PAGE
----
Late summer and early fall is red snapper (a.k.a. pargo in the Caribbean or huachinango in Mexico) season—and it makes for a tasty, healthy alternative to meat. (Photo/Betty Cortina)

A healthy idea: Roasted snapper

We always hear about the Latino affinity for meat, for lechon, for chorizo. But it’s easy to forget that in many of our home countries there is a long, storied love affair with seafood. Our people come from islands after all, and from the long, rich coast lines off South and Central America, where some of the best seafood in the world is caught.

Early fall is high season for red snapper, known throughout Latin American as either pargo or huachinango, so it’s a great time to make this dish. With it’s firm, white texture it’s a “meaty” fish that stands up to the Latino way of seasoning, that is heavy on the sazón. In Cuba, for example, snapper is marinated just the way chicken or pork is—in a garlicky mojo—before it’s oven roasted.  And in Mexico, home to one of the world’s most famous snapper dishes, huachinango a la veracruzana, it’s stewed in or roasted with a rich sauce made of tomatoes, chile, olive and capers.

Today’s recipe is an adaptation of the traditional whole-fish roast, a simpler weeknight way that makes reaching for a healthy alternative to meat an easy choice.

Roasted snapper

4 red snapper fillets, about 6 oz each
3 garlic cloves, peeled and smashed
1 cup juice of naranja agria (a.k.a. Seville orange; or substitute with 1/4 cup lemon, juice of 1/4 cup lime and 1/2 cup orange juice)
1/4 tsp cumin
1/4 tsp oregano
1/4 tsp paprika
1 bay leaf
Salt and pepper to taste
2 large red potatoes, sliced thinly (about 1/4 inch thick)
Olive oil
1 medium yellow sliced very thinly
1 red bell pepper, sliced very thinly
1 yellow bell pepper, sliced very thinly
1/4 cup dry white wine
1 T sherry vinegar

1. Start by marinating the fish. Place the fillets in a large bowl. In a separate bowl combine the orange juice with the garlic, cumin and oregano then pour the marinade over the fish. Rub the fillets with the marinade to make sure they covered. Sprinkle the fillets with salt, pepper and paprika. Top them with sliced the onions. Cover and refrigerate for at least an hour.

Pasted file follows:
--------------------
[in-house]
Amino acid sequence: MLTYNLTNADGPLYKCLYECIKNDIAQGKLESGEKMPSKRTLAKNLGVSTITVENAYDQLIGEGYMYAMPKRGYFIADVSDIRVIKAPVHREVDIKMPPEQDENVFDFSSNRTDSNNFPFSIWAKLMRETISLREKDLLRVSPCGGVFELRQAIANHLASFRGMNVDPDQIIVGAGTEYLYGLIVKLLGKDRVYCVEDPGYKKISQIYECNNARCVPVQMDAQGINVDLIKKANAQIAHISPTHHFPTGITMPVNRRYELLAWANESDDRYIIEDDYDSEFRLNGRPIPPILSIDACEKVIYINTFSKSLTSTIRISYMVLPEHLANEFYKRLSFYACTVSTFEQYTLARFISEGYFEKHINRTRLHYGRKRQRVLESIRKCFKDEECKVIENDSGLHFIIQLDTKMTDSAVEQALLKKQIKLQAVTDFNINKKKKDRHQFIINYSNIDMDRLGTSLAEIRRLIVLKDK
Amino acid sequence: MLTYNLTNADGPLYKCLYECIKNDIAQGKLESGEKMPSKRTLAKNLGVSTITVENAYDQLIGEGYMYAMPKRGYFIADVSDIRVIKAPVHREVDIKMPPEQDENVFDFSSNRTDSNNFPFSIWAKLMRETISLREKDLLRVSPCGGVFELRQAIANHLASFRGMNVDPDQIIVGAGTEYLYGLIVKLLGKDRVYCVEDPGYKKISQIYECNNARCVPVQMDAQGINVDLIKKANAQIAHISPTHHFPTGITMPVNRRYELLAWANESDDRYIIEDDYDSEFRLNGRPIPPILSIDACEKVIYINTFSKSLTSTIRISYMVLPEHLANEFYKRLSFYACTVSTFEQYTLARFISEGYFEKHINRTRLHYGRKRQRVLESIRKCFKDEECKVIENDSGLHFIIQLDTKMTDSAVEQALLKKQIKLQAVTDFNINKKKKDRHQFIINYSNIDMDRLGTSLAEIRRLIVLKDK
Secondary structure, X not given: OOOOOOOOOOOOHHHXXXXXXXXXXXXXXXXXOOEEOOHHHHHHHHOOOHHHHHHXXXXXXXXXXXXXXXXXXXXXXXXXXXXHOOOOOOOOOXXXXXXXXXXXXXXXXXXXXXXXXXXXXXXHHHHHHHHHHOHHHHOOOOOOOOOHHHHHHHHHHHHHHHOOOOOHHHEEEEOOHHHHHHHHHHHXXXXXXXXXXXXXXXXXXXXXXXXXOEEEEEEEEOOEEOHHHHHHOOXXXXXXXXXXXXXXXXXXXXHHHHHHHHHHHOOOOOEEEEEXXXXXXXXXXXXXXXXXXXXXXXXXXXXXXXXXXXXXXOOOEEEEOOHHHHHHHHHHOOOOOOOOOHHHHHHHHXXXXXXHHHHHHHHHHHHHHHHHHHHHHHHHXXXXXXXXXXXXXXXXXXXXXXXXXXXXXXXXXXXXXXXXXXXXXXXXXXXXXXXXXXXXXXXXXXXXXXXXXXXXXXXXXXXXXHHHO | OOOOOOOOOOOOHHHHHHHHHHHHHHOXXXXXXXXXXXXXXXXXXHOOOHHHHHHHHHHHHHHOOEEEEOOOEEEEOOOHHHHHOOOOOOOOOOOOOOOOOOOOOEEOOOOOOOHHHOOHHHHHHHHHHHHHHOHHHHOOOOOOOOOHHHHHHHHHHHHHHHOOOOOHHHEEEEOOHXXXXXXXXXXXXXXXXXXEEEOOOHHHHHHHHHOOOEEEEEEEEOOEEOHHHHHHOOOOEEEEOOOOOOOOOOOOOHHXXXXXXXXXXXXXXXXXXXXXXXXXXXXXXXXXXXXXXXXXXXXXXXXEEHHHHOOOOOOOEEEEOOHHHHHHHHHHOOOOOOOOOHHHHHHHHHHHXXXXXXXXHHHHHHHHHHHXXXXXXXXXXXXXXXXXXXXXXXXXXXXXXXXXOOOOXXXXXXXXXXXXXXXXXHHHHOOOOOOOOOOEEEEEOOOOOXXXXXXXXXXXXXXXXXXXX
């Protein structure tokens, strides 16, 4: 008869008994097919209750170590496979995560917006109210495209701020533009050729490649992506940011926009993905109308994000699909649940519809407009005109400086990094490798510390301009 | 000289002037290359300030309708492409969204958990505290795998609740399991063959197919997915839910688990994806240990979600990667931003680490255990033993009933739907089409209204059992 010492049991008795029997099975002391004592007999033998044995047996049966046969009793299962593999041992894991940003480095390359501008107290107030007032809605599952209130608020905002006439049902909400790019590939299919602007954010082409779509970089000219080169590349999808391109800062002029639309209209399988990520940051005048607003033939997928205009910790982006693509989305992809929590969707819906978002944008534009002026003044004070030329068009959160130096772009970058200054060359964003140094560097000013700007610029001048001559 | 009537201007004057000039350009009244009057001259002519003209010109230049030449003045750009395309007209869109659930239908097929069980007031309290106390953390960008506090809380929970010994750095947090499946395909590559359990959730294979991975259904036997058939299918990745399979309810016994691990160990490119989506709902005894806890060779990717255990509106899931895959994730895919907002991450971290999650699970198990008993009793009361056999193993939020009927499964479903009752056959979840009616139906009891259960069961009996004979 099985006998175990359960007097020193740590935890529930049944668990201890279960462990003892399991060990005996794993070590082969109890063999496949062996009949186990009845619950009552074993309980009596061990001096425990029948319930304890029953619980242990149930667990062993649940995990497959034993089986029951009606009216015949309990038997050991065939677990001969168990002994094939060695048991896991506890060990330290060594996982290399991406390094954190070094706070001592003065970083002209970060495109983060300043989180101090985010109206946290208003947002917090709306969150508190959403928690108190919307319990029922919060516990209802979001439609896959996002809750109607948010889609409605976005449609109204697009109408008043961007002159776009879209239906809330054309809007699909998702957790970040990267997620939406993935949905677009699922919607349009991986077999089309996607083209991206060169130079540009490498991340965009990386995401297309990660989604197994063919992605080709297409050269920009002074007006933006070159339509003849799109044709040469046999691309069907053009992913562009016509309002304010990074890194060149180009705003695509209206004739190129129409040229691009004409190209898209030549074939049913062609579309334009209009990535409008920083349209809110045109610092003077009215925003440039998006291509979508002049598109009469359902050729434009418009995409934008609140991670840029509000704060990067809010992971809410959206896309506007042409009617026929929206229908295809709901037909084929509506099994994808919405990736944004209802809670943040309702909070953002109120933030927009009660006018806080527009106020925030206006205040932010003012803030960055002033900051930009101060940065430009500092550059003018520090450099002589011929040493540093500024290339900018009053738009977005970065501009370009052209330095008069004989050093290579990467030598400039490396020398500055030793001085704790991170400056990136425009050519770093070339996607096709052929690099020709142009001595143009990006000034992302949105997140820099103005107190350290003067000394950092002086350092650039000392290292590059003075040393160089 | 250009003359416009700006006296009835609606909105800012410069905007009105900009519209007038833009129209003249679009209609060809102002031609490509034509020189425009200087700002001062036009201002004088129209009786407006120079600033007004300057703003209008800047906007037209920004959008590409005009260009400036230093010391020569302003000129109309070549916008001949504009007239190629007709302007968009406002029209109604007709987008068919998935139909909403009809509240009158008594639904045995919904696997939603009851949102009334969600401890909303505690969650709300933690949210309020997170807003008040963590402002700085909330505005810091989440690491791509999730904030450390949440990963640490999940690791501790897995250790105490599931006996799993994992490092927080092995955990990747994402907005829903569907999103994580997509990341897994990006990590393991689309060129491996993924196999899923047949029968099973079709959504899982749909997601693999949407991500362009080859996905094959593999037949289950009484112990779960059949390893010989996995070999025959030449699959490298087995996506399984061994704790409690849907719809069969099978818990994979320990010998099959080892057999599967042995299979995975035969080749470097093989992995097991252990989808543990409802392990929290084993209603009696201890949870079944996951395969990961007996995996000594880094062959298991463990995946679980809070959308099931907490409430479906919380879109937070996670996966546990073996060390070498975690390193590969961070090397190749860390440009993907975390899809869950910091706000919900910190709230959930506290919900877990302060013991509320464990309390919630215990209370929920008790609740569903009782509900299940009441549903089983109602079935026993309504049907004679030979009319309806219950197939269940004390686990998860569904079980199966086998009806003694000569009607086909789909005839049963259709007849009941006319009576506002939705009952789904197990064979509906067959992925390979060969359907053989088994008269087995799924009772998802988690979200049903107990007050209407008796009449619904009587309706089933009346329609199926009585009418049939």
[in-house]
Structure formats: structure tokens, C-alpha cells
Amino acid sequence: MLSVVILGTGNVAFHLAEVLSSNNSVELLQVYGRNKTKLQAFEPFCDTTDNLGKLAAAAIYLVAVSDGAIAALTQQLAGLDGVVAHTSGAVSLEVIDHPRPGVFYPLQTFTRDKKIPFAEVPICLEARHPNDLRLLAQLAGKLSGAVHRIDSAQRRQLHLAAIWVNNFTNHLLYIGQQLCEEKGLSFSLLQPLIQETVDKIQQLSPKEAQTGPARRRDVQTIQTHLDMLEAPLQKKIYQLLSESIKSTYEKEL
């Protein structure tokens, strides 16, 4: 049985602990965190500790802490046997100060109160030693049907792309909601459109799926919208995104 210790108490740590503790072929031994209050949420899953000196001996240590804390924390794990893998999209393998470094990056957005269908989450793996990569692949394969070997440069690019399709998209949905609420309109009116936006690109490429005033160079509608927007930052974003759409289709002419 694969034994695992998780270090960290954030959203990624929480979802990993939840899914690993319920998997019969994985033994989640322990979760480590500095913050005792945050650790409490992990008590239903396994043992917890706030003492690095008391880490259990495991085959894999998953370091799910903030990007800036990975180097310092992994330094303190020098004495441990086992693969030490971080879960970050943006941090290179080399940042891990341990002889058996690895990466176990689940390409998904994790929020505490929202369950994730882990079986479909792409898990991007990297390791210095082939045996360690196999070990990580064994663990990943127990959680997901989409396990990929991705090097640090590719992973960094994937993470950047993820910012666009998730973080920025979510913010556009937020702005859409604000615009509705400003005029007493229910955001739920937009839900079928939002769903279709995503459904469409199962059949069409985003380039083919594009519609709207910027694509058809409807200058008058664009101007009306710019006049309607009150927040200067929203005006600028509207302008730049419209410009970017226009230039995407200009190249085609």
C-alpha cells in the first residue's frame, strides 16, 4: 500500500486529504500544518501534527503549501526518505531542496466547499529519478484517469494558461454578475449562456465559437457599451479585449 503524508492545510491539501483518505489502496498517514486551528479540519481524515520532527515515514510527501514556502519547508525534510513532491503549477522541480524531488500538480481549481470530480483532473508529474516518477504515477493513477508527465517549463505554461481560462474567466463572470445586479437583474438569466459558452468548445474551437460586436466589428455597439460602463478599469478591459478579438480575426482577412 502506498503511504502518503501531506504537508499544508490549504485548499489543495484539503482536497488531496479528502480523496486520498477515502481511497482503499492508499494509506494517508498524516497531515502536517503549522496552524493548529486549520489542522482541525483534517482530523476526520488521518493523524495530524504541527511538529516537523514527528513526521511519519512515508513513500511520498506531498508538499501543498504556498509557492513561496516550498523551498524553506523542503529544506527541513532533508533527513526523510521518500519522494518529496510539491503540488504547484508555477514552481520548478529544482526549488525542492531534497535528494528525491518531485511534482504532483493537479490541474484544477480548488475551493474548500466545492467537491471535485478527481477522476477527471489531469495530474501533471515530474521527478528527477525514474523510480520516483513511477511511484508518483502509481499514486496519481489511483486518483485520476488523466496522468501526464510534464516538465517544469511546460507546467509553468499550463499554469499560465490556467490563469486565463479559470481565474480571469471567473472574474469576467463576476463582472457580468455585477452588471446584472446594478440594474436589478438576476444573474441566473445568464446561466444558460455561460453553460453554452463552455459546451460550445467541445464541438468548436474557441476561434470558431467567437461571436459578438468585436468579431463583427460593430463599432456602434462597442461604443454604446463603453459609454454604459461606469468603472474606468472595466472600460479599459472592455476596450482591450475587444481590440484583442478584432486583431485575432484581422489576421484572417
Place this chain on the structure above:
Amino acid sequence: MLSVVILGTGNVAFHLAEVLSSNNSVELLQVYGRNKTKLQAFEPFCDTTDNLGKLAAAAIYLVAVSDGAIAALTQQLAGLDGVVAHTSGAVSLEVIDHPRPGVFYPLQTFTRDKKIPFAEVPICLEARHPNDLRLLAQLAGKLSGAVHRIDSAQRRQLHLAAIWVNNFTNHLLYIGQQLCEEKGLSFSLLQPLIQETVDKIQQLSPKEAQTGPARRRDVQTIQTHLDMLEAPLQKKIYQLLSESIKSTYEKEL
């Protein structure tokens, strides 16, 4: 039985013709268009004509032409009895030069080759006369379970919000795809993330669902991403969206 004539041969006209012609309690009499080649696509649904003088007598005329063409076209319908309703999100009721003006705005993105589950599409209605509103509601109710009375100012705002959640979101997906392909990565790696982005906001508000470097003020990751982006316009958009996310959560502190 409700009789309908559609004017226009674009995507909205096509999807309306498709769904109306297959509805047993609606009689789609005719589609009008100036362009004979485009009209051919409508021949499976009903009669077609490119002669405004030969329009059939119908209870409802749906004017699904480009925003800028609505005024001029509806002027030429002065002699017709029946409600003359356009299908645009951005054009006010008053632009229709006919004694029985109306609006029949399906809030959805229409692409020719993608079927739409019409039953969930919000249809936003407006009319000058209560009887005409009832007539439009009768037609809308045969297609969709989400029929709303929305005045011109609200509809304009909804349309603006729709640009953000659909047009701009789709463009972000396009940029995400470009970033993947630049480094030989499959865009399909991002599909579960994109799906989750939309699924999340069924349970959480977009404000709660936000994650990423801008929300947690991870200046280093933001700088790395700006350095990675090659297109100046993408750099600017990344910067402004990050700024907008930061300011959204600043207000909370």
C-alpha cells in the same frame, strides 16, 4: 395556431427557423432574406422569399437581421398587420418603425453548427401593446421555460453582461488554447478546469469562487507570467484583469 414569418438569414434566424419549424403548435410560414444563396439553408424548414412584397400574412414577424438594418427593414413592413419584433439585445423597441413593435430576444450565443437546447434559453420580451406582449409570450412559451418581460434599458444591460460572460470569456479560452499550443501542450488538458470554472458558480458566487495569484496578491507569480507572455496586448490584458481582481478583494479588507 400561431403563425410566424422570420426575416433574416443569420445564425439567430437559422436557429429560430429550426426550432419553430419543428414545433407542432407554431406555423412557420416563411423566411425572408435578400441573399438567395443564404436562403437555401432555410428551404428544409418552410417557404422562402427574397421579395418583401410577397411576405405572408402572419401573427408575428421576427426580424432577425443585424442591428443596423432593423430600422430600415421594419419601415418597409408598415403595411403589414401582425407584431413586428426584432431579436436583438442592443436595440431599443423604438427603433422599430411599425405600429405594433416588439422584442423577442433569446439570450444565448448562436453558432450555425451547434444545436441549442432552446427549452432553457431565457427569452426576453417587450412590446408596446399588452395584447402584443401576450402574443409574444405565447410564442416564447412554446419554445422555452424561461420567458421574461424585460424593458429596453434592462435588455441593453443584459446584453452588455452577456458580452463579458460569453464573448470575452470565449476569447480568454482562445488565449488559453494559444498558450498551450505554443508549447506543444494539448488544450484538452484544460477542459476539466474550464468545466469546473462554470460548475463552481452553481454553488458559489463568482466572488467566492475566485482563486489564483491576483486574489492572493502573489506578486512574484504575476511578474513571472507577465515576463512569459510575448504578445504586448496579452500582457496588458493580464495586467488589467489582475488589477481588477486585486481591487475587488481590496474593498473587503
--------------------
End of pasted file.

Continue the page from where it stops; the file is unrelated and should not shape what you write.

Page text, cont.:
2. Meanwhile, par cook the sliced potatoes by placing them in a medium sauce pan filled with cold, salted water. Bring to a boil over high heat, then reduce heat to medium and simmer for about 5 minutes, until they are half-cooked. Drain and set aside.

3. Heat the oven to 375 degrees. Prepare the baking pan or sheet where you will cook the fish by greasing it lightly with olive oil. Place the sliced, par cooked potatoes on the sheet in one layer, like a blanket on which the fish will sit. Take the sliced onions from the bowl where the fish is marinating and layer them on top of the potatoes. Add the thinly sliced peppers.

4. Place the fish fillets on top of the vegetables. Pour the white wine and sherry vinegar over the fish. Drizzle with a little olive oil, and place the in middle rack of the preheated oven. Cook until fish is opaque and vegetables are tender, about 20 minutes. Serve with white or brown rice and black beans. Makes 4 servings.

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